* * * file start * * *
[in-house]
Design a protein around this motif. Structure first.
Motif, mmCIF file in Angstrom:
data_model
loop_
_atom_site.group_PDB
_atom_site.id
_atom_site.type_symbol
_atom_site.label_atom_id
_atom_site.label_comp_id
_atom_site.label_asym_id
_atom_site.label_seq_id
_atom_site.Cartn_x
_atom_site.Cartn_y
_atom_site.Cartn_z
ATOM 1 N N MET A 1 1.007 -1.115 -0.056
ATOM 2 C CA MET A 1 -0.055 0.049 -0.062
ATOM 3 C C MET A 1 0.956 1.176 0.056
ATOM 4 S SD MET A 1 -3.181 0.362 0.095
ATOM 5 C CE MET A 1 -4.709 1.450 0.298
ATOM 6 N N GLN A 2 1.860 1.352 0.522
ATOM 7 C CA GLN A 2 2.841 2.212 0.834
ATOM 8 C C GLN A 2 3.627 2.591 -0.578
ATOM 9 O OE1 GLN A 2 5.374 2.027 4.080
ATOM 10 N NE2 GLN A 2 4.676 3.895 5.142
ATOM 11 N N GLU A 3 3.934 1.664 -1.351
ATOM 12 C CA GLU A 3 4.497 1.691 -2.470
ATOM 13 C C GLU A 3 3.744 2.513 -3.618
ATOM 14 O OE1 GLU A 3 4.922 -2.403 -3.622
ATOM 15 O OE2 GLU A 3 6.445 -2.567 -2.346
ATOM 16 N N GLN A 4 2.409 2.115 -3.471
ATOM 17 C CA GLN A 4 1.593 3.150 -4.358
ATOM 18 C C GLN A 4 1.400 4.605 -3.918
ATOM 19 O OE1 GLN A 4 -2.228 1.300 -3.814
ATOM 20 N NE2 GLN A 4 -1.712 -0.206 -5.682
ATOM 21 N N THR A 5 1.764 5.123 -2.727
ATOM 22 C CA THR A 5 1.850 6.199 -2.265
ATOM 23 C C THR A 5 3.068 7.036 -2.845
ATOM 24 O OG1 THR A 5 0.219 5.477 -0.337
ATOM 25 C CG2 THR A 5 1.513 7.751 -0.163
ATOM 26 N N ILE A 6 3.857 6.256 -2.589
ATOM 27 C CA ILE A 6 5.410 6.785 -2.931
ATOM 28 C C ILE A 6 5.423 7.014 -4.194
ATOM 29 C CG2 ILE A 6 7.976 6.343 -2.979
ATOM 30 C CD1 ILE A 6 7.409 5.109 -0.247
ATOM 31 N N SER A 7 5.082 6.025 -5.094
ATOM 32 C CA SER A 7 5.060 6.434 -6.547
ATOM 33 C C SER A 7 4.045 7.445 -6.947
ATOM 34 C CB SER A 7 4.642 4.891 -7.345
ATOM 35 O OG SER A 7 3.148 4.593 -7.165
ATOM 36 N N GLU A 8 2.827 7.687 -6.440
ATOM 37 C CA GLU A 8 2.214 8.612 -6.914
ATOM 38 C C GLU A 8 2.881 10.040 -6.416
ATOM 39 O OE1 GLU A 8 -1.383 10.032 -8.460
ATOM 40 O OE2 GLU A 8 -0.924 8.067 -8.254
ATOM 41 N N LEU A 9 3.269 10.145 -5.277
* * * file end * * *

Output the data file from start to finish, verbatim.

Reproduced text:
[in-house]
Design a protein around this motif. Structure first.
Motif, mmCIF file in Angstrom:
data_model
loop_
_atom_site.group_PDB
_atom_site.id
_atom_site.type_symbol
_atom_site.label_atom_id
_atom_site.label_comp_id
_atom_site.label_asym_id
_atom_site.label_seq_id
_atom_site.Cartn_x
_atom_site.Cartn_y
_atom_site.Cartn_z
ATOM 1 N N MET A 1 1.007 -1.115 -0.056
ATOM 2 C CA MET A 1 -0.055 0.049 -0.062
ATOM 3 C C MET A 1 0.956 1.176 0.056
ATOM 4 S SD MET A 1 -3.181 0.362 0.095
ATOM 5 C CE MET A 1 -4.709 1.450 0.298
ATOM 6 N N GLN A 2 1.860 1.352 0.522
ATOM 7 C CA GLN A 2 2.841 2.212 0.834
ATOM 8 C C GLN A 2 3.627 2.591 -0.578
ATOM 9 O OE1 GLN A 2 5.374 2.027 4.080
ATOM 10 N NE2 GLN A 2 4.676 3.895 5.142
ATOM 11 N N GLU A 3 3.934 1.664 -1.351
ATOM 12 C CA GLU A 3 4.497 1.691 -2.470
ATOM 13 C C GLU A 3 3.744 2.513 -3.618
ATOM 14 O OE1 GLU A 3 4.922 -2.403 -3.622
ATOM 15 O OE2 GLU A 3 6.445 -2.567 -2.346
ATOM 16 N N GLN A 4 2.409 2.115 -3.471
ATOM 17 C CA GLN A 4 1.593 3.150 -4.358
ATOM 18 C C GLN A 4 1.400 4.605 -3.918
ATOM 19 O OE1 GLN A 4 -2.228 1.300 -3.814
ATOM 20 N NE2 GLN A 4 -1.712 -0.206 -5.682
ATOM 21 N N THR A 5 1.764 5.123 -2.727
ATOM 22 C CA THR A 5 1.850 6.199 -2.265
ATOM 23 C C THR A 5 3.068 7.036 -2.845
ATOM 24 O OG1 THR A 5 0.219 5.477 -0.337
ATOM 25 C CG2 THR A 5 1.513 7.751 -0.163
ATOM 26 N N ILE A 6 3.857 6.256 -2.589
ATOM 27 C CA ILE A 6 5.410 6.785 -2.931
ATOM 28 C C ILE A 6 5.423 7.014 -4.194
ATOM 29 C CG2 ILE A 6 7.976 6.343 -2.979
ATOM 30 C CD1 ILE A 6 7.409 5.109 -0.247
ATOM 31 N N SER A 7 5.082 6.025 -5.094
ATOM 32 C CA SER A 7 5.060 6.434 -6.547
ATOM 33 C C SER A 7 4.045 7.445 -6.947
ATOM 34 C CB SER A 7 4.642 4.891 -7.345
ATOM 35 O OG SER A 7 3.148 4.593 -7.165
ATOM 36 N N GLU A 8 2.827 7.687 -6.440
ATOM 37 C CA GLU A 8 2.214 8.612 -6.914
ATOM 38 C C GLU A 8 2.881 10.040 -6.416
ATOM 39 O OE1 GLU A 8 -1.383 10.032 -8.460
ATOM 40 O OE2 GLU A 8 -0.924 8.067 -8.254
ATOM 41 N N LEU A 9 3.269 10.145 -5.277